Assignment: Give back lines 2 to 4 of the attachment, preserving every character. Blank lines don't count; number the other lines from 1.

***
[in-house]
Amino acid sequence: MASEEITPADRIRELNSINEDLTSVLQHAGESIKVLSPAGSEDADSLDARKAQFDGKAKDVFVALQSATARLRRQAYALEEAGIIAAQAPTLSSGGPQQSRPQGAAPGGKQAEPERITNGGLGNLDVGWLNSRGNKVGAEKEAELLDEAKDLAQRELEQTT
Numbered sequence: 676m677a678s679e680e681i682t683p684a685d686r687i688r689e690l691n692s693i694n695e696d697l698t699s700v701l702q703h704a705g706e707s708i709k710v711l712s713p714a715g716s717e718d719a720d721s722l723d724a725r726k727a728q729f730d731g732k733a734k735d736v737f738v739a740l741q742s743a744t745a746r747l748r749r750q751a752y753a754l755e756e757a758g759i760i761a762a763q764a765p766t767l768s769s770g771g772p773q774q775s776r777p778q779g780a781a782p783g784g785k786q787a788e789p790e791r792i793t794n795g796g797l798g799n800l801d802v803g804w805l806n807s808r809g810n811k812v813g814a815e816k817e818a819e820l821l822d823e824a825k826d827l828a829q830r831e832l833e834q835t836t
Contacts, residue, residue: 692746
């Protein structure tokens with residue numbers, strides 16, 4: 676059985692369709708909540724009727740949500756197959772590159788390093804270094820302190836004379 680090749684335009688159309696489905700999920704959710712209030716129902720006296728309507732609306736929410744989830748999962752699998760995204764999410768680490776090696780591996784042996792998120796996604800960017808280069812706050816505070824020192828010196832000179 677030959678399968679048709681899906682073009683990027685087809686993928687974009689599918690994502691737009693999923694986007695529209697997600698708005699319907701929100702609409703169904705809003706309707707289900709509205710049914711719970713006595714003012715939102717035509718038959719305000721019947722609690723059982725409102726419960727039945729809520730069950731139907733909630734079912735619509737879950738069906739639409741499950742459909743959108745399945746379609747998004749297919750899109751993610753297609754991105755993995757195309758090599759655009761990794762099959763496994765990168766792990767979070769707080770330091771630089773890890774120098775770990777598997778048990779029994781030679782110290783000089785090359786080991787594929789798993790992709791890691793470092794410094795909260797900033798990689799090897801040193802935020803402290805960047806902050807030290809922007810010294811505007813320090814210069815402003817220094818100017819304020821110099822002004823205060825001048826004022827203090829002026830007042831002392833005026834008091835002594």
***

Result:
Amino acid sequence: MASEEITPADRIRELNSINEDLTSVLQHAGESIKVLSPAGSEDADSLDARKAQFDGKAKDVFVALQSATARLRRQAYALEEAGIIAAQAPTLSSGGPQQSRPQGAAPGGKQAEPERITNGGLGNLDVGWLNSRGNKVGAEKEAELLDEAKDLAQRELEQTT
Numbered sequence: 676m677a678s679e680e681i682t683p684a685d686r687i688r689e690l691n692s693i694n695e696d697l698t699s700v701l702q703h704a705g706e707s708i709k710v711l712s713p714a715g716s717e718d719a720d721s722l723d724a725r726k727a728q729f730d731g732k733a734k735d736v737f738v739a740l741q742s743a744t745a746r747l748r749r750q751a752y753a754l755e756e757a758g759i760i761a762a763q764a765p766t767l768s769s770g771g772p773q774q775s776r777p778q779g780a781a782p783g784g785k786q787a788e789p790e791r792i793t794n795g796g797l798g799n800l801d802v803g804w805l806n807s808r809g810n811k812v813g814a815e816k817e818a819e820l821l822d823e824a825k826d827l828a829q830r831e832l833e834q835t836t
Contacts, residue, residue: 692746